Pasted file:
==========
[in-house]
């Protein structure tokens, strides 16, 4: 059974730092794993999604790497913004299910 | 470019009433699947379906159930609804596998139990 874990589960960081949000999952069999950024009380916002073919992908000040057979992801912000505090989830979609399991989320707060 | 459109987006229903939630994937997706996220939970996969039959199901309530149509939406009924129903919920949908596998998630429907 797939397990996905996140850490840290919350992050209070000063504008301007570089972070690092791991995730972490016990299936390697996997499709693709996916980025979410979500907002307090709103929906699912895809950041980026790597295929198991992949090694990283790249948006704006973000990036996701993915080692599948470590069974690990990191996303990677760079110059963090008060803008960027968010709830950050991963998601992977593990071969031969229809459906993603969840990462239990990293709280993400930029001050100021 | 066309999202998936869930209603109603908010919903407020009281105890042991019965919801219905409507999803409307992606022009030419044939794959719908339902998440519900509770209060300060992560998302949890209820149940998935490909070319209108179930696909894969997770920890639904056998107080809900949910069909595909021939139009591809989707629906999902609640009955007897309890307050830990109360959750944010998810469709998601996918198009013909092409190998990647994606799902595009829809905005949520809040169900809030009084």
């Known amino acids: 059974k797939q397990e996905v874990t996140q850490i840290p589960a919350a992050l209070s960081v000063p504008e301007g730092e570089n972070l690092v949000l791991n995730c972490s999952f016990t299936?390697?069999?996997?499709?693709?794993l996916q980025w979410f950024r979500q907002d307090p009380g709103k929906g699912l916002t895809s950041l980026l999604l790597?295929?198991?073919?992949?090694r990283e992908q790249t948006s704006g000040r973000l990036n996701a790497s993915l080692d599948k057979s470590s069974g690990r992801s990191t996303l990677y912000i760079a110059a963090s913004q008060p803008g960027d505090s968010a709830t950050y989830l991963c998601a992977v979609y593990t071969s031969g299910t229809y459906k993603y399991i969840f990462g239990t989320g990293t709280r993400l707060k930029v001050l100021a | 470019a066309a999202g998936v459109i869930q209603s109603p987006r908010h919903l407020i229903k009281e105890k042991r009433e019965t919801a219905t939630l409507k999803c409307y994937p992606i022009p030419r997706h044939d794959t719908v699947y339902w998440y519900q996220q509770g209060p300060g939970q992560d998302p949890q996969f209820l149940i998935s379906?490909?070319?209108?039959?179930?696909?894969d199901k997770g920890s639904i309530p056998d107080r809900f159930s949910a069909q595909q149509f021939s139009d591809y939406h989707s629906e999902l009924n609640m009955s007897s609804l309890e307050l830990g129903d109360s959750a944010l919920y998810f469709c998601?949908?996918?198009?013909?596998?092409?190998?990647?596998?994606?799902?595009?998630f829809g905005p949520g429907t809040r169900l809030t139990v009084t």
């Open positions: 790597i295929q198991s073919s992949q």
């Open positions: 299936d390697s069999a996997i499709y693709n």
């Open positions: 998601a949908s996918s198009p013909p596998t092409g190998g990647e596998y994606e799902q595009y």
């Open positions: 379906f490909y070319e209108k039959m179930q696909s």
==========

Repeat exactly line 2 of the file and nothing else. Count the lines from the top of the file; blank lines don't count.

């Protein structure tokens, strides 16, 4: 059974730092794993999604790497913004299910 | 470019009433699947379906159930609804596998139990 874990589960960081949000999952069999950024009380916002073919992908000040057979992801912000505090989830979609399991989320707060 | 459109987006229903939630994937997706996220939970996969039959199901309530149509939406009924129903919920949908596998998630429907 797939397990996905996140850490840290919350992050209070000063504008301007570089972070690092791991995730972490016990299936390697996997499709693709996916980025979410979500907002307090709103929906699912895809950041980026790597295929198991992949090694990283790249948006704006973000990036996701993915080692599948470590069974690990990191996303990677760079110059963090008060803008960027968010709830950050991963998601992977593990071969031969229809459906993603969840990462239990990293709280993400930029001050100021 | 066309999202998936869930209603109603908010919903407020009281105890042991019965919801219905409507999803409307992606022009030419044939794959719908339902998440519900509770209060300060992560998302949890209820149940998935490909070319209108179930696909894969997770920890639904056998107080809900949910069909595909021939139009591809989707629906999902609640009955007897309890307050830990109360959750944010998810469709998601996918198009013909092409190998990647994606799902595009829809905005949520809040169900809030009084």